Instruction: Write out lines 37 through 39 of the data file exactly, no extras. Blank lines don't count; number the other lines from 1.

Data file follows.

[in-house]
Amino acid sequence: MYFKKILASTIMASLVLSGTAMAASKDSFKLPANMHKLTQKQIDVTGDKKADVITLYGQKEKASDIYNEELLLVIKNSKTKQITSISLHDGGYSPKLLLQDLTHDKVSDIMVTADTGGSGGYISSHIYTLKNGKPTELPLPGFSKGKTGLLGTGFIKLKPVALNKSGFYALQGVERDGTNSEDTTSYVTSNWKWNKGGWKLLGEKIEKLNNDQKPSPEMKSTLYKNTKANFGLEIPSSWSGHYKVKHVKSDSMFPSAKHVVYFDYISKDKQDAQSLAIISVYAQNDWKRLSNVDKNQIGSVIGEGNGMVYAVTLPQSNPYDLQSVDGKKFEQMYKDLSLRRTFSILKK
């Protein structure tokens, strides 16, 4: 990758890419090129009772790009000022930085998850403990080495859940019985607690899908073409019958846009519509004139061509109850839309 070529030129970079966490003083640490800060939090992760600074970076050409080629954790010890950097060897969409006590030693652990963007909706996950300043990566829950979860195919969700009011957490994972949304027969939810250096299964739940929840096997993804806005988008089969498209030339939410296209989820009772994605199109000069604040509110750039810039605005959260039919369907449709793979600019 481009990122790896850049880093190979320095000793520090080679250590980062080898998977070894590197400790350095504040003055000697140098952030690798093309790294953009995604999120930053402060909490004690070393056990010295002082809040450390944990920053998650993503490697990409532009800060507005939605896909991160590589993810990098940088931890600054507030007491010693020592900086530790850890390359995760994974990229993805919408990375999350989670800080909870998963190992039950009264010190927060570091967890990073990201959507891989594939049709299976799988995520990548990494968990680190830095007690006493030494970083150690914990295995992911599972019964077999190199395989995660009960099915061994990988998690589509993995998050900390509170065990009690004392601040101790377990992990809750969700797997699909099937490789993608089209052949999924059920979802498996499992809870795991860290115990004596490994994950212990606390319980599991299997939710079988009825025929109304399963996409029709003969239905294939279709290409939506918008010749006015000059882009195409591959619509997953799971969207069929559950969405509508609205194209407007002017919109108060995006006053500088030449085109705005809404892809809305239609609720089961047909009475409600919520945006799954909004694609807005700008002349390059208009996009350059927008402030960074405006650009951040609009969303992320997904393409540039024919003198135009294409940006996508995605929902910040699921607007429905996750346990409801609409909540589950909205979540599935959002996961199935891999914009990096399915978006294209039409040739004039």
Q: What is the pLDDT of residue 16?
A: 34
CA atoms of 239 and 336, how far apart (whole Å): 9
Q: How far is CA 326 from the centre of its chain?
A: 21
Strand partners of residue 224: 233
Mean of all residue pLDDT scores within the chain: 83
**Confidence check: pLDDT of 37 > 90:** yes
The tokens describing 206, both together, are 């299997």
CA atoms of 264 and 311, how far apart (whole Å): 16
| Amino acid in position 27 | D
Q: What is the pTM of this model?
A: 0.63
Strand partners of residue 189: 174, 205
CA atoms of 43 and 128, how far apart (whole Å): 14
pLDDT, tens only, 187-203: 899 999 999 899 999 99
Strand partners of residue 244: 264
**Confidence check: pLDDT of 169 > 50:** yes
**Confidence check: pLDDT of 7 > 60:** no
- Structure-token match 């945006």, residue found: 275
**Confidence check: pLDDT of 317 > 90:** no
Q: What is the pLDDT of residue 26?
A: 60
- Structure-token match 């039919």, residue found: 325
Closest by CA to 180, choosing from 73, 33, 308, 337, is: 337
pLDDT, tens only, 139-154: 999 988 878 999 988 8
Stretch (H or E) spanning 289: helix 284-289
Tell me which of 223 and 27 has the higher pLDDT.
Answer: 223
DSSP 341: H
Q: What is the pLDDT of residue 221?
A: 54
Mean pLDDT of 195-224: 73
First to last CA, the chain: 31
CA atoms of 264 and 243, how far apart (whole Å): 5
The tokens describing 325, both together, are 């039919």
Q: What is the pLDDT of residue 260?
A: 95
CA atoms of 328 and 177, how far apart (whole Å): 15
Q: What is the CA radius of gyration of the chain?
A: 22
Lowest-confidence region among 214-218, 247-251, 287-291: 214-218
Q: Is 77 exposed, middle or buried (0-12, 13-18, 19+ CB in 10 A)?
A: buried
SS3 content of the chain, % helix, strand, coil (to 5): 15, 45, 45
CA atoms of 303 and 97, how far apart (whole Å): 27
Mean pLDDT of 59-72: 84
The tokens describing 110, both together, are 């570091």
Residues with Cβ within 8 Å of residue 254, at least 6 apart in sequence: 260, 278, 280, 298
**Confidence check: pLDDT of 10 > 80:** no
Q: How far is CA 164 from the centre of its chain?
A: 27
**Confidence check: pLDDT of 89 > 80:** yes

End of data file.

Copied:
First to last CA, the chain: 31
CA atoms of 264 and 243, how far apart (whole Å): 5
The tokens describing 325, both together, are 């039919």